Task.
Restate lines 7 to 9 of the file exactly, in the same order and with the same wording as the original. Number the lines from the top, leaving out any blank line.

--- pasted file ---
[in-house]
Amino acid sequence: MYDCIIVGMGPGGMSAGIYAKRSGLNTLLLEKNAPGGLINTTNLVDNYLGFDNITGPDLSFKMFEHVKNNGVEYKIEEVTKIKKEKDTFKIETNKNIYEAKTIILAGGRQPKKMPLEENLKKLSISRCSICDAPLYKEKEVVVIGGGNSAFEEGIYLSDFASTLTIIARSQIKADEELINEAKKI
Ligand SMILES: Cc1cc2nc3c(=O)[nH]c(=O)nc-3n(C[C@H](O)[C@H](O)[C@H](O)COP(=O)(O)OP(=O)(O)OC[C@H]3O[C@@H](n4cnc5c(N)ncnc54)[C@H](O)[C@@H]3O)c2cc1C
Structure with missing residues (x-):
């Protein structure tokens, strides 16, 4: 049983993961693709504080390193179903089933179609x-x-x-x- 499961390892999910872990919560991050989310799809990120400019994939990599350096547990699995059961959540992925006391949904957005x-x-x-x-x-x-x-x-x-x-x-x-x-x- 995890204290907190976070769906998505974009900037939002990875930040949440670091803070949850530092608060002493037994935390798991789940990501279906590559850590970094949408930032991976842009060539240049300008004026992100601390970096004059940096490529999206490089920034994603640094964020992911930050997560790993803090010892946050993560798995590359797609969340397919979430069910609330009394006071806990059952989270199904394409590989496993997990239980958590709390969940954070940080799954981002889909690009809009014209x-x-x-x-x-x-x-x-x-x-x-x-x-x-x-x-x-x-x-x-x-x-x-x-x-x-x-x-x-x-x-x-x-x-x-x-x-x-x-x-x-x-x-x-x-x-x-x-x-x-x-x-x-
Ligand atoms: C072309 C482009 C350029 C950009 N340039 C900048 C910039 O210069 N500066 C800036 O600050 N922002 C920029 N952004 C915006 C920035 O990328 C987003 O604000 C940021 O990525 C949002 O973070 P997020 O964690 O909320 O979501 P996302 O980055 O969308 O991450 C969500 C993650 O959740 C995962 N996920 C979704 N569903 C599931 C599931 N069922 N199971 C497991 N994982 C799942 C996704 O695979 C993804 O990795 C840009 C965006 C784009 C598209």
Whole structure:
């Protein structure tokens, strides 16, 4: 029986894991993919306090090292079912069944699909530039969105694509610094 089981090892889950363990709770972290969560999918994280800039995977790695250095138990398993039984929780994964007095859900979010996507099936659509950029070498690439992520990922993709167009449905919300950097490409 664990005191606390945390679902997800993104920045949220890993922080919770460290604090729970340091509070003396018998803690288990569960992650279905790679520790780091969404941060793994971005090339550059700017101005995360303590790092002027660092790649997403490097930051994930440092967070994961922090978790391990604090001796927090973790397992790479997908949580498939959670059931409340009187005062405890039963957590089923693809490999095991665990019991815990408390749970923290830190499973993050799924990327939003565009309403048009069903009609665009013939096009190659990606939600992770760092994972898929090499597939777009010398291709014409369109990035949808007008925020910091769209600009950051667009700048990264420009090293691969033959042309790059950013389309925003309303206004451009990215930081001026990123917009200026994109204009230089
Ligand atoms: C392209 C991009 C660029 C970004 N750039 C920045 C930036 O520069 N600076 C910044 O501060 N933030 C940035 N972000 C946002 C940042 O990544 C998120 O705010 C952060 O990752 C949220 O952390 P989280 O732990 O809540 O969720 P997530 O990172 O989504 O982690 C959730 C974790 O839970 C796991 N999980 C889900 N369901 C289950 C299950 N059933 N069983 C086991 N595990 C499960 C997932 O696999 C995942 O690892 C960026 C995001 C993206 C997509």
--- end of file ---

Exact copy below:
Whole structure:
């Protein structure tokens, strides 16, 4: 029986894991993919306090090292079912069944699909530039969105694509610094 089981090892889950363990709770972290969560999918994280800039995977790695250095138990398993039984929780994964007095859900979010996507099936659509950029070498690439992520990922993709167009449905919300950097490409 664990005191606390945390679902997800993104920045949220890993922080919770460290604090729970340091509070003396018998803690288990569960992650279905790679520790780091969404941060793994971005090339550059700017101005995360303590790092002027660092790649997403490097930051994930440092967070994961922090978790391990604090001796927090973790397992790479997908949580498939959670059931409340009187005062405890039963957590089923693809490999095991665990019991815990408390749970923290830190499973993050799924990327939003565009309403048009069903009609665009013939096009190659990606939600992770760092994972898929090499597939777009010398291709014409369109990035949808007008925020910091769209600009950051667009700048990264420009090293691969033959042309790059950013389309925003309303206004451009990215930081001026990123917009200026994109204009230089
Ligand atoms: C392209 C991009 C660029 C970004 N750039 C920045 C930036 O520069 N600076 C910044 O501060 N933030 C940035 N972000 C946002 C940042 O990544 C998120 O705010 C952060 O990752 C949220 O952390 P989280 O732990 O809540 O969720 P997530 O990172 O989504 O982690 C959730 C974790 O839970 C796991 N999980 C889900 N369901 C289950 C299950 N059933 N069983 C086991 N595990 C499960 C997932 O696999 C995942 O690892 C960026 C995001 C993206 C997509």